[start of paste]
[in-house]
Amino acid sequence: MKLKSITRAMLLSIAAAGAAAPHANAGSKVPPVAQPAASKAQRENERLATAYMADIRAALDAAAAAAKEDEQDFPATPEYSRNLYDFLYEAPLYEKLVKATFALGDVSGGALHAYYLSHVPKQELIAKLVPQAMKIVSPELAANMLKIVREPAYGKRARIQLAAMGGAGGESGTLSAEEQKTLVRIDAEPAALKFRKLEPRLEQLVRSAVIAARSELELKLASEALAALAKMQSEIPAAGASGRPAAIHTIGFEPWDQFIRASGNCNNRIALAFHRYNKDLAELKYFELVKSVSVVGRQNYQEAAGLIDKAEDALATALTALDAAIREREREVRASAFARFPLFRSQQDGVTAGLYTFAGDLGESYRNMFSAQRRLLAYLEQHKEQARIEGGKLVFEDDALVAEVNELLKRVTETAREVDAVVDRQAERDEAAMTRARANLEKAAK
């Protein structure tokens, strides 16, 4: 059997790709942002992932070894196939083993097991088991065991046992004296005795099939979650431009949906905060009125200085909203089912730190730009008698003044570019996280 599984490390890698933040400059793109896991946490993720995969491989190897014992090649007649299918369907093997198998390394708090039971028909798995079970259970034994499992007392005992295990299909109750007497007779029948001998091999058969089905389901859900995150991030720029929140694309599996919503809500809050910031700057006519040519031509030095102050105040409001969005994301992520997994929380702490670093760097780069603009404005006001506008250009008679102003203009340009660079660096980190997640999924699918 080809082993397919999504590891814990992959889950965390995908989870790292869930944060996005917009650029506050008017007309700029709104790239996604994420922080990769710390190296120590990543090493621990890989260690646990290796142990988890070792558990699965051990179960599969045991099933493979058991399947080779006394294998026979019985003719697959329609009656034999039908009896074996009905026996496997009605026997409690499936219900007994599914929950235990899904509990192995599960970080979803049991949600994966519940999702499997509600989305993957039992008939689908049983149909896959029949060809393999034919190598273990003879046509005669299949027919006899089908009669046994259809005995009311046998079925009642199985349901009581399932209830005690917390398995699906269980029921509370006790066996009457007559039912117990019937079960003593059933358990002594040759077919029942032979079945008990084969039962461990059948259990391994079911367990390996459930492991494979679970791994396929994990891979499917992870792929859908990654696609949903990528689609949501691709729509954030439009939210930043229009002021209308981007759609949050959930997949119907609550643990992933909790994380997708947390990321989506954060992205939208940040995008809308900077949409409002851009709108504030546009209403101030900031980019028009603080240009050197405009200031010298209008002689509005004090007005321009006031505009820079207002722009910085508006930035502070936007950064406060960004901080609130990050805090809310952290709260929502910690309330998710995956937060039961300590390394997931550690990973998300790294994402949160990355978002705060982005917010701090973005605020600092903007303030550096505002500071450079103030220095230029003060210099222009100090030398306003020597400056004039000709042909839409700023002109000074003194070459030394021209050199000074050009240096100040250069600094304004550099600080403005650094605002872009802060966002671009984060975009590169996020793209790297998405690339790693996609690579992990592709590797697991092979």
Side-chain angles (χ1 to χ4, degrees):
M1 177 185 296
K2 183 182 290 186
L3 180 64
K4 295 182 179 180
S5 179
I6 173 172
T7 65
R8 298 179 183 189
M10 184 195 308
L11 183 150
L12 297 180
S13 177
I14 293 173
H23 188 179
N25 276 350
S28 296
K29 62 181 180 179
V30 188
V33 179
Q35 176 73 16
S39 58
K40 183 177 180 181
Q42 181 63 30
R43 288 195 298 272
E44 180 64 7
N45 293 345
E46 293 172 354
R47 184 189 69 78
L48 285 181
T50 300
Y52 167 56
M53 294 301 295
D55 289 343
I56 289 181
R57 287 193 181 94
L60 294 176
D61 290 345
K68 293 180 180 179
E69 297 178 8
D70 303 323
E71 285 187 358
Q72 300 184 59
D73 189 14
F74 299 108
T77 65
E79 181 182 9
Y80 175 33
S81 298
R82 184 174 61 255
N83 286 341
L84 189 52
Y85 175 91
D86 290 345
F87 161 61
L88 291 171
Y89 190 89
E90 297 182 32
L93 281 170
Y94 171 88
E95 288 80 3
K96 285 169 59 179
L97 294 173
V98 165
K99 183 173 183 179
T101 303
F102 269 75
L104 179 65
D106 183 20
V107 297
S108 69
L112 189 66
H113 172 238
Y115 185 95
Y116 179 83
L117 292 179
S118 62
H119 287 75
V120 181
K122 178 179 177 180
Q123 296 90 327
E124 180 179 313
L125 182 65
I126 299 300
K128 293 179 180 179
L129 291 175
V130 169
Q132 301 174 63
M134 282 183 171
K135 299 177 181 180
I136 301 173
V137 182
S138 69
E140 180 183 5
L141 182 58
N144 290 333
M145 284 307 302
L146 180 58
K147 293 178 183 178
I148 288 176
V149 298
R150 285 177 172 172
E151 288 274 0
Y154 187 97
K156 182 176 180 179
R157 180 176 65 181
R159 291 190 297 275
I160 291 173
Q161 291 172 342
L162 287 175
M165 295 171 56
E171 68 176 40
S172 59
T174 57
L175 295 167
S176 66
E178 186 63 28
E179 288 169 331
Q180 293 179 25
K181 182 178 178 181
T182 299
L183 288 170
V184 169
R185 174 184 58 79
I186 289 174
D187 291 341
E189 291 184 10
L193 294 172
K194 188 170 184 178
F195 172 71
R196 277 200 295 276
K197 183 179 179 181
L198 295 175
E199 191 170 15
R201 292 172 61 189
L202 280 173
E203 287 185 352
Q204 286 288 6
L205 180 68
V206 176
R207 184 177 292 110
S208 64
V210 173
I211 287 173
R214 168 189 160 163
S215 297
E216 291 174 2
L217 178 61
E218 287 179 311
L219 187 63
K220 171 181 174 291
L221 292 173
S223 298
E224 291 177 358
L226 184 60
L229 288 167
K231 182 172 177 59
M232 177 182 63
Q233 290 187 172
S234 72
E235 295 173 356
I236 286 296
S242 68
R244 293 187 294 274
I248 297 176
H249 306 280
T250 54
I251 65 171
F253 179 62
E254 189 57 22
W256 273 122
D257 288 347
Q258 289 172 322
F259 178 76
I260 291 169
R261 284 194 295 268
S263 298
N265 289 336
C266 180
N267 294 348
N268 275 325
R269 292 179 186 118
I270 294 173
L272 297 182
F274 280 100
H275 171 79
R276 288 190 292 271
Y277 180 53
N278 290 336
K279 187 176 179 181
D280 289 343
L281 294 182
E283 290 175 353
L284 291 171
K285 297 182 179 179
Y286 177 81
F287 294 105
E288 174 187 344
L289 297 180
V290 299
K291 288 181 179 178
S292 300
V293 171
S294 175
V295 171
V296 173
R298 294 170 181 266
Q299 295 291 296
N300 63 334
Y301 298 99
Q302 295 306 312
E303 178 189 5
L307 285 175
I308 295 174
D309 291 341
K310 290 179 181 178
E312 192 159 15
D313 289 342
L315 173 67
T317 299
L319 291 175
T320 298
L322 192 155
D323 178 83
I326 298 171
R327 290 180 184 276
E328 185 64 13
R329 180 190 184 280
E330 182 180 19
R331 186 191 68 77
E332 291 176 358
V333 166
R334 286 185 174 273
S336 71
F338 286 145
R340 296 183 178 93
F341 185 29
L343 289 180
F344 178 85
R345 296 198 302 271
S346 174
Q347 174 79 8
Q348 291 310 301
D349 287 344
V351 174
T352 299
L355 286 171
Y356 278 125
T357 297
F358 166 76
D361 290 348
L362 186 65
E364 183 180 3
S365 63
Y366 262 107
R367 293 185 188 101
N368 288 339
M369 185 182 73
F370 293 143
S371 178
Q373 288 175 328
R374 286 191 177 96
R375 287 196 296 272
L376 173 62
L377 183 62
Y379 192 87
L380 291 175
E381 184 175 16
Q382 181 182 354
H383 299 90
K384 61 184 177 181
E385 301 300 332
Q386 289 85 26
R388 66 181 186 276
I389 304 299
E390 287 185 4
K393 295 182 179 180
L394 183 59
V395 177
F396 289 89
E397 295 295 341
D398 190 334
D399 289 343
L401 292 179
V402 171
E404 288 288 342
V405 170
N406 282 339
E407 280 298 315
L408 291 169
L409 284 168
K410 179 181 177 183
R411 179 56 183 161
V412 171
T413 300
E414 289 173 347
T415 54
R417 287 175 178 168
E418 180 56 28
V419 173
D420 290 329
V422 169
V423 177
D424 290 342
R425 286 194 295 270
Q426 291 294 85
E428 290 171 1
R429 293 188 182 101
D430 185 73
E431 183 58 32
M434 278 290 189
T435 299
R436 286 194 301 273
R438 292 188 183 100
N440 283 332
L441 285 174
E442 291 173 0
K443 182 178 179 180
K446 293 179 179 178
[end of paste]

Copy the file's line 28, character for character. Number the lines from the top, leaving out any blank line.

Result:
R43 288 195 298 272